For people who believe in improving Portland’s human-powered transportation, the question is what sort of revenue plan, if any, would deserve support. But until that question is resolved, it’s good to know that Treat is up on Saturday mornings to build connections and help solve problems where she can.

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davemessRJJohn RMichael Andersen (News Editor)9watts Recent comment authors
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Oregon’s income tax rates are not a flat tax, the top tax bracket pays nearly 10% where as the bottom bracket is only 5%. I continue to hope that if a new tax is passed that they make sure that those who commute into portland also pay into it rather than like in the case of the Selwood bridge where those who use the bridge the most didn’t contribute at all.

leah treat

I am humbled and inspired. Thank you Terry D and all the activists who spend countless hours pushing a progressive transportation agenda focused on multi-modalism, livability, and safety for everyone.


The best way to have a progressive transportation agenda is for those who put the greatest demand on the system pay their fair share or a bit more. That means a GAS TAX. Those who drive more pay more. Those who drive inefficient gas hogs pay more.

A local option gas tax also means that those who buy gas in the locality, even occasionally, pay a portion of the bill.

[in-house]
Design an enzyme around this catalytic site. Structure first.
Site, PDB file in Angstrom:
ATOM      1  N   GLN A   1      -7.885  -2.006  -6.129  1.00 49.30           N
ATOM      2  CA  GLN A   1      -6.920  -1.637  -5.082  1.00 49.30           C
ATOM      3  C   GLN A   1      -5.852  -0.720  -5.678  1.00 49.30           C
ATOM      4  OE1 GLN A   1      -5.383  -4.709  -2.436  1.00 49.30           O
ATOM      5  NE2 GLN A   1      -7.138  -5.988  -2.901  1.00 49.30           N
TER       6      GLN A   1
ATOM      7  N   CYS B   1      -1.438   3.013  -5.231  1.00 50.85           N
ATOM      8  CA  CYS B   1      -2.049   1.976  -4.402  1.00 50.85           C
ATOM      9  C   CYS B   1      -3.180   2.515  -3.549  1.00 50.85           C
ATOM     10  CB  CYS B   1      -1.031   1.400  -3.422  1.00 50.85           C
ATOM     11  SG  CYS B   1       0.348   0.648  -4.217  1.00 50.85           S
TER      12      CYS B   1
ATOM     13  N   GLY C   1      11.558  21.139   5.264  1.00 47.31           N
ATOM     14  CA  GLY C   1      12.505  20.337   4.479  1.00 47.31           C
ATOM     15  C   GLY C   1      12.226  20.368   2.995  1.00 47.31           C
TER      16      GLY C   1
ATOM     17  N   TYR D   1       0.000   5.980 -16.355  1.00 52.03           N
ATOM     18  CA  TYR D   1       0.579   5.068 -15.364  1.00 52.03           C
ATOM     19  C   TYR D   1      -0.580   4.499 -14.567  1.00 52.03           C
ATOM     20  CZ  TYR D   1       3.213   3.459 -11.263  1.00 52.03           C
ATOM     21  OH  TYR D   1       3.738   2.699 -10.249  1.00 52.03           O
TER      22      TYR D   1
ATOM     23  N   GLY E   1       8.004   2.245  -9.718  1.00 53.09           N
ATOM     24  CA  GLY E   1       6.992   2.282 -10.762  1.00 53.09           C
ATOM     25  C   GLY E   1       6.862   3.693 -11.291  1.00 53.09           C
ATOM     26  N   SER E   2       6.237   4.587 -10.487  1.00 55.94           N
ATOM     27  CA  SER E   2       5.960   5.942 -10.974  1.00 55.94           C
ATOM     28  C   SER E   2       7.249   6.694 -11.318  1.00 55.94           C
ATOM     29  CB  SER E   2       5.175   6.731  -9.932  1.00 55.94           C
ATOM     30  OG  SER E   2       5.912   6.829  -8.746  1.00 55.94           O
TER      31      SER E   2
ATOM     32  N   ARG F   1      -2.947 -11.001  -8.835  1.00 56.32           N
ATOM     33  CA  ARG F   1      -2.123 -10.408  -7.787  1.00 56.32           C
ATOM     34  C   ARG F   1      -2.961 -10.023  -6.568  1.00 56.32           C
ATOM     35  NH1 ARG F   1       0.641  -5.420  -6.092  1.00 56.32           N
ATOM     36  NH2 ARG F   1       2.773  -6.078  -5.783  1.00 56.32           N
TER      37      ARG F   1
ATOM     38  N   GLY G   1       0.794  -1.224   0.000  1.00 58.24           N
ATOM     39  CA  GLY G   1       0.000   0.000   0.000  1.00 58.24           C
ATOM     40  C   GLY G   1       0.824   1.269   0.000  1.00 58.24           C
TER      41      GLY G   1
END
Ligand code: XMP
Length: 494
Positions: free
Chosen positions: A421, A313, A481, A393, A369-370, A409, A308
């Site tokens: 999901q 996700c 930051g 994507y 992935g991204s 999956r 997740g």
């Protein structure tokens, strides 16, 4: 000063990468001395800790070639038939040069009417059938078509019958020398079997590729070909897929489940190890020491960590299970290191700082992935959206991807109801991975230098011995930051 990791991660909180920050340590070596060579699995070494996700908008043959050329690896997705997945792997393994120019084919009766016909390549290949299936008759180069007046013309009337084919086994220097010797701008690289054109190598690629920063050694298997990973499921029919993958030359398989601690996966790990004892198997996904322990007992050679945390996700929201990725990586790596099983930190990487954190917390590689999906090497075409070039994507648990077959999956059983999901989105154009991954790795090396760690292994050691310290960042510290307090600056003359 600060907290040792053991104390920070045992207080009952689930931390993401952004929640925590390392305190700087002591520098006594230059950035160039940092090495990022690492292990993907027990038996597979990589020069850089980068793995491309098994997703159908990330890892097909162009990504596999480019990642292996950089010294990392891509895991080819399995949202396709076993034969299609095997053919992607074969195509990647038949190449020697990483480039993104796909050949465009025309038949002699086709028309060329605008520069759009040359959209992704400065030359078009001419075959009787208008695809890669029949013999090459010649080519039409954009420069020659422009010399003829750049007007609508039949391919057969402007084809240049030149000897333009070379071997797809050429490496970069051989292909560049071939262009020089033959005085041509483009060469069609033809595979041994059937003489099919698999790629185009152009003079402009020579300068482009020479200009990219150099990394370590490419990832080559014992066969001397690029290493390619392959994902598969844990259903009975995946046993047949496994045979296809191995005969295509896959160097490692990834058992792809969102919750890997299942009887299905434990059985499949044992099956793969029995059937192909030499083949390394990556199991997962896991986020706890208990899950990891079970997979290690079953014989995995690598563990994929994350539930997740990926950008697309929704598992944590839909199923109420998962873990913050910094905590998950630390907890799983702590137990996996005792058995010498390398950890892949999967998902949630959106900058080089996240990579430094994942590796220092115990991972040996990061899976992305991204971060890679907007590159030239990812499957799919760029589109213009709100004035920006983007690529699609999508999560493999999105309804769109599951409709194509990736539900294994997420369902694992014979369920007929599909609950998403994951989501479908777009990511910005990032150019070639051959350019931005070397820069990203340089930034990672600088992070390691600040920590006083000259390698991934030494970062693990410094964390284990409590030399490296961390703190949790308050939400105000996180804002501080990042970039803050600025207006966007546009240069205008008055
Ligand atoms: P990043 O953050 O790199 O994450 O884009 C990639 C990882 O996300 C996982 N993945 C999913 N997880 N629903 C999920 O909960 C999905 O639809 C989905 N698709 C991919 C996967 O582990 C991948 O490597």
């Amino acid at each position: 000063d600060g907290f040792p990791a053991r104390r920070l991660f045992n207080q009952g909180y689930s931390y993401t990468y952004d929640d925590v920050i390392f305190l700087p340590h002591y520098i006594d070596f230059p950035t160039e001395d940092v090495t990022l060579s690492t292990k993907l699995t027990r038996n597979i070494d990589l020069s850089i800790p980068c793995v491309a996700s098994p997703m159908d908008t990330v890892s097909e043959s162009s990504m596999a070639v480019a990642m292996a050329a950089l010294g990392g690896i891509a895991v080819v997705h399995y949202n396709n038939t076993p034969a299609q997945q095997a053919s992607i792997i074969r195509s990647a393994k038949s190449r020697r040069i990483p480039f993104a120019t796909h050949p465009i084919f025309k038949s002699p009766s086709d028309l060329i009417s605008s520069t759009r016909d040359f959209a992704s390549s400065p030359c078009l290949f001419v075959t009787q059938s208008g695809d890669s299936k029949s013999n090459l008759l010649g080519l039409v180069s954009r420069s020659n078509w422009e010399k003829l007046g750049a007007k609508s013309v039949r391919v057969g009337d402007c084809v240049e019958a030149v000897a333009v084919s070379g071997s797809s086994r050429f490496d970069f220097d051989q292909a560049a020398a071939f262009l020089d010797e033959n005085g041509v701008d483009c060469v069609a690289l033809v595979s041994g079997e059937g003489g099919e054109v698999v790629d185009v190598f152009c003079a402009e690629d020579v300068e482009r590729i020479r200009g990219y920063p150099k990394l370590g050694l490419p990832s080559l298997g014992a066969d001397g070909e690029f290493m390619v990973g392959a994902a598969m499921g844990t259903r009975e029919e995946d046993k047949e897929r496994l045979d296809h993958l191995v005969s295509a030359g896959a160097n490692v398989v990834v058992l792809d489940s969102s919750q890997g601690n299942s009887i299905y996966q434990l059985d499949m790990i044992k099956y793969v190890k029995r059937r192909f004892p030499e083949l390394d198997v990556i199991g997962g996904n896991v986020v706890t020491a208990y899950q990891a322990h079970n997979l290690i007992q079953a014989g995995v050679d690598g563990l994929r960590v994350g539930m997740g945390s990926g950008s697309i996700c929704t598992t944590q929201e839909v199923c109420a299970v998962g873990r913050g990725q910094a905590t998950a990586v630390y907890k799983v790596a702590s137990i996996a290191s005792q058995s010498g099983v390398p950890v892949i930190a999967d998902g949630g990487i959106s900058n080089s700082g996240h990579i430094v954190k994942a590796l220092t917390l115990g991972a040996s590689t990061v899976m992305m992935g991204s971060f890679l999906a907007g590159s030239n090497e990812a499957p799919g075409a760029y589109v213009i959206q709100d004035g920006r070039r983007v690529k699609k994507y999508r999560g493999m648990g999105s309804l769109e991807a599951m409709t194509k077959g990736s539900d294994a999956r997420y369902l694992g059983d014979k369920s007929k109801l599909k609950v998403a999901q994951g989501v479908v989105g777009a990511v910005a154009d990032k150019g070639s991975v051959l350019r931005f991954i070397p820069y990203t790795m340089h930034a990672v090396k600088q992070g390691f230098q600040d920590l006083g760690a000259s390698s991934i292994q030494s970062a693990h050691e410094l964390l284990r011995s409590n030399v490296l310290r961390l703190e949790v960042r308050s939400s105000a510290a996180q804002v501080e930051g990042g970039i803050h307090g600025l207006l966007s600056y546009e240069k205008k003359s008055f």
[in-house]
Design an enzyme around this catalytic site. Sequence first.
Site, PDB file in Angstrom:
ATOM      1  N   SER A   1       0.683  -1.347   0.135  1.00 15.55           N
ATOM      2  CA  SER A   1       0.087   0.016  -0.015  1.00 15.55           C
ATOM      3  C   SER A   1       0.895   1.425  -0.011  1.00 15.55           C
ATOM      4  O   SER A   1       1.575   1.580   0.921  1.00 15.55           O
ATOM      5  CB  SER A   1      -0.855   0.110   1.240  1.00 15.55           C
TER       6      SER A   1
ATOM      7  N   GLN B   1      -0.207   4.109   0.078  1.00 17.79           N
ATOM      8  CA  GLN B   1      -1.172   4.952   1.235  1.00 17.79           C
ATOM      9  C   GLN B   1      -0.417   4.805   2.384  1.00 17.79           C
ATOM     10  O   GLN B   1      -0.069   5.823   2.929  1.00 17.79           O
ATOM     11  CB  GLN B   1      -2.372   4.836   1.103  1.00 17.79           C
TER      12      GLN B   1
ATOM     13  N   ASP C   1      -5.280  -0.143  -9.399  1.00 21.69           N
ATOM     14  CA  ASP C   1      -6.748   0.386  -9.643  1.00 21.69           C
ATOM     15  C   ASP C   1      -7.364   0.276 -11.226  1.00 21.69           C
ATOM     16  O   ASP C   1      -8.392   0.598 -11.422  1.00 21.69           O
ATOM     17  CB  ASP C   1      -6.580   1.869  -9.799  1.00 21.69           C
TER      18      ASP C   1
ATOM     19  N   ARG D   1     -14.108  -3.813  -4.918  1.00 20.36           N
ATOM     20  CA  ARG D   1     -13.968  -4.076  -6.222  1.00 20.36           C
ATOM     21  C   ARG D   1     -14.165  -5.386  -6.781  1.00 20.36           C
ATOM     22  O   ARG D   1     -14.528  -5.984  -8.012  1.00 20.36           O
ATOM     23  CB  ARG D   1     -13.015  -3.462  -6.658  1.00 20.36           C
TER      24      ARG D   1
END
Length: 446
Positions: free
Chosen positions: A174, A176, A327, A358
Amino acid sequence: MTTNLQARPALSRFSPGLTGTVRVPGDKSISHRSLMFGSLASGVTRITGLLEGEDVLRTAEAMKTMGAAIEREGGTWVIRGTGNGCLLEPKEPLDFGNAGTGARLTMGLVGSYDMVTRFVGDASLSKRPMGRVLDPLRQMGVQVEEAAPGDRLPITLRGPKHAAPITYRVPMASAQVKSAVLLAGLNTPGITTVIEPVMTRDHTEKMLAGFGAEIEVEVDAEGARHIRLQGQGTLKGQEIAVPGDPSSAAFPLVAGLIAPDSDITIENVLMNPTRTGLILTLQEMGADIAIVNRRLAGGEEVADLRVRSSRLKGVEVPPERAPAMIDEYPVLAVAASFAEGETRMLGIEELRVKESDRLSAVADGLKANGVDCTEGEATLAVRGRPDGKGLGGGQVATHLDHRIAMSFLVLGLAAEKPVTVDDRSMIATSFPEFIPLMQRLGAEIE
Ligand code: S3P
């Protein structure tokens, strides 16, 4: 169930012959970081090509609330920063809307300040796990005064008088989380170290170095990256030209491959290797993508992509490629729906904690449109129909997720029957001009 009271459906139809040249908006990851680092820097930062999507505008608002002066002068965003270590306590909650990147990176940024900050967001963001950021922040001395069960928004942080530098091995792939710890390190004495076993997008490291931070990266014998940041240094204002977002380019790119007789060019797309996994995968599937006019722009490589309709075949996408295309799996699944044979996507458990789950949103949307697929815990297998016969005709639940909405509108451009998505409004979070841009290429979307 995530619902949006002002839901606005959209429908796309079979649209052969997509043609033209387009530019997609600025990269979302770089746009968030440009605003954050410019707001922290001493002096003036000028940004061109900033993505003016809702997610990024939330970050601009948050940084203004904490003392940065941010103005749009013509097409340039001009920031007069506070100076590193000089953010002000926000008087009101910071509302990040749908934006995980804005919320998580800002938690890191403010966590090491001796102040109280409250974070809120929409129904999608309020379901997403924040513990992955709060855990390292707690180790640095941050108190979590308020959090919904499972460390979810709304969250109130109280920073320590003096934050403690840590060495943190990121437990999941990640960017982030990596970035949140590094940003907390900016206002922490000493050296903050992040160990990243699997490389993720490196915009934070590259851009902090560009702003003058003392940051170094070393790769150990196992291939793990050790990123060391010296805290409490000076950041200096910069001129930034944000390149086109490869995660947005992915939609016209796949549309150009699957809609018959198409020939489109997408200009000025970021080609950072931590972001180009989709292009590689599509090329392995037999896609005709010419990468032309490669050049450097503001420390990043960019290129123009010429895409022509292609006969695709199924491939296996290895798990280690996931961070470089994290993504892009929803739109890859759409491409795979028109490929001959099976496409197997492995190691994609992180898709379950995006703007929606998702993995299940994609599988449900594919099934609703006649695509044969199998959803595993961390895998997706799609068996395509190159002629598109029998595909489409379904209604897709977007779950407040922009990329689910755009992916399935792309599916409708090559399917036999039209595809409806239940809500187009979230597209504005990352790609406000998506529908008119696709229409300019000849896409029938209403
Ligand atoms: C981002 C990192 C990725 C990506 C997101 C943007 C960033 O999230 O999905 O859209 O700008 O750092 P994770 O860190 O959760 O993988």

Terry D
Terry D

Thank you for the comment complement!….I did say “Nearly flat state income tax”…a few very poor pay less, and a few very rich pay a percent or two more.

We need a LONG term fix, that is why the gas tax is a dinosaur (as I have said before 9watts. 😉 The number of electric cars is increasing rapidity and new breakthroughs in hydrogen fuel cell technology are right around the corner. With the amount of political lift it will require to pas ANY tax increase we need to push for something that will work for a GENERATION at least.

My first choice would be a carbon tax, but even in “Green Portland” this does not seem to have majority support. Hence, why I think a Portland Income tax… which will pass if it is truly progressive ..and let us wrap that regressive art’s tax into it, pretty please?

Christopher Sanderson

How then do we tax all the people who drive in from Vancouver, Gresham, Beavertron, Hillsboro, Calackistan, and other outlying areas? Do you mean to tell me that my business activities on a cargo bike have as much impact as Joe Contractor driving over the river from Vancouver in a giant, black Dodge Ram 2500 tank machine of a truck (who of course is taking advantage of several tax breaks!), and takes his paycheck back to Washington with him? I say phooey to the street fee! Gas tax that man… Hell, make him pay a toll to cross that bridge!

All that said… Yay Leah Treat!


If you are referring to those from Clark county, they do pay Oregon income tax and then go home and use their local services like schools.

Oregon has been on the winning side of this equation all along.

John R
John R

Funny how what started as a huge compliment to Director Treat turned into a discussion about taxes, money, and funding. Sad if this is what defines her tenure.